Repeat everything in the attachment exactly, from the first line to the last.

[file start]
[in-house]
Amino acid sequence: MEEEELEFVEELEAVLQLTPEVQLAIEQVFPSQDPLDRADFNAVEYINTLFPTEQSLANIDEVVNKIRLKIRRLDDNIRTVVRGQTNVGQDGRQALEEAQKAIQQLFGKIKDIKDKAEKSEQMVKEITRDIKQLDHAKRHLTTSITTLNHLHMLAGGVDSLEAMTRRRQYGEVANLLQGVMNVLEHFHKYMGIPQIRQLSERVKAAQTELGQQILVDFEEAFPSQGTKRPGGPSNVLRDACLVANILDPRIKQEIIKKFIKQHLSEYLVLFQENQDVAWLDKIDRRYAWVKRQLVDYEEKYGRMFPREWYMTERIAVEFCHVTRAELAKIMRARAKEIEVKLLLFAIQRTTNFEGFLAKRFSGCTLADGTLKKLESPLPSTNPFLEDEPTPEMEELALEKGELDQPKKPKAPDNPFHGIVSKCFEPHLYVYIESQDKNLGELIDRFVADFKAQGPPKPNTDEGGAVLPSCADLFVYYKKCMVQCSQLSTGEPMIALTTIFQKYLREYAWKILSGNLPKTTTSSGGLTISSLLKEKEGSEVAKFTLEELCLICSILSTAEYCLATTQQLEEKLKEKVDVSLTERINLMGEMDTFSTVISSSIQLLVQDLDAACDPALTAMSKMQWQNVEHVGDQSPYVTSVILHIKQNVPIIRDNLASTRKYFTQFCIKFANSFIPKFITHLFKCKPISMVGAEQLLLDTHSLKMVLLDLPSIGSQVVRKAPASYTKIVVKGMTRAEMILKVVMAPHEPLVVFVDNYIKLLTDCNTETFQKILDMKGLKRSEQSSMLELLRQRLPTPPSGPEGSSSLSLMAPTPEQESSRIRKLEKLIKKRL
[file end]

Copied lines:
[in-house]
Amino acid sequence: MEEEELEFVEELEAVLQLTPEVQLAIEQVFPSQDPLDRADFNAVEYINTLFPTEQSLANIDEVVNKIRLKIRRLDDNIRTVVRGQTNVGQDGRQALEEAQKAIQQLFGKIKDIKDKAEKSEQMVKEITRDIKQLDHAKRHLTTSITTLNHLHMLAGGVDSLEAMTRRRQYGEVANLLQGVMNVLEHFHKYMGIPQIRQLSERVKAAQTELGQQILVDFEEAFPSQGTKRPGGPSNVLRDACLVANILDPRIKQEIIKKFIKQHLSEYLVLFQENQDVAWLDKIDRRYAWVKRQLVDYEEKYGRMFPREWYMTERIAVEFCHVTRAELAKIMRARAKEIEVKLLLFAIQRTTNFEGFLAKRFSGCTLADGTLKKLESPLPSTNPFLEDEPTPEMEELALEKGELDQPKKPKAPDNPFHGIVSKCFEPHLYVYIESQDKNLGELIDRFVADFKAQGPPKPNTDEGGAVLPSCADLFVYYKKCMVQCSQLSTGEPMIALTTIFQKYLREYAWKILSGNLPKTTTSSGGLTISSLLKEKEGSEVAKFTLEELCLICSILSTAEYCLATTQQLEEKLKEKVDVSLTERINLMGEMDTFSTVISSSIQLLVQDLDAACDPALTAMSKMQWQNVEHVGDQSPYVTSVILHIKQNVPIIRDNLASTRKYFTQFCIKFANSFIPKFITHLFKCKPISMVGAEQLLLDTHSLKMVLLDLPSIGSQVVRKAPASYTKIVVKGMTRAEMILKVVMAPHEPLVVFVDNYIKLLTDCNTETFQKILDMKGLKRSEQSSMLELLRQRLPTPPSGPEGSSSLSLMAPTPEQESSRIRKLEKLIKKRL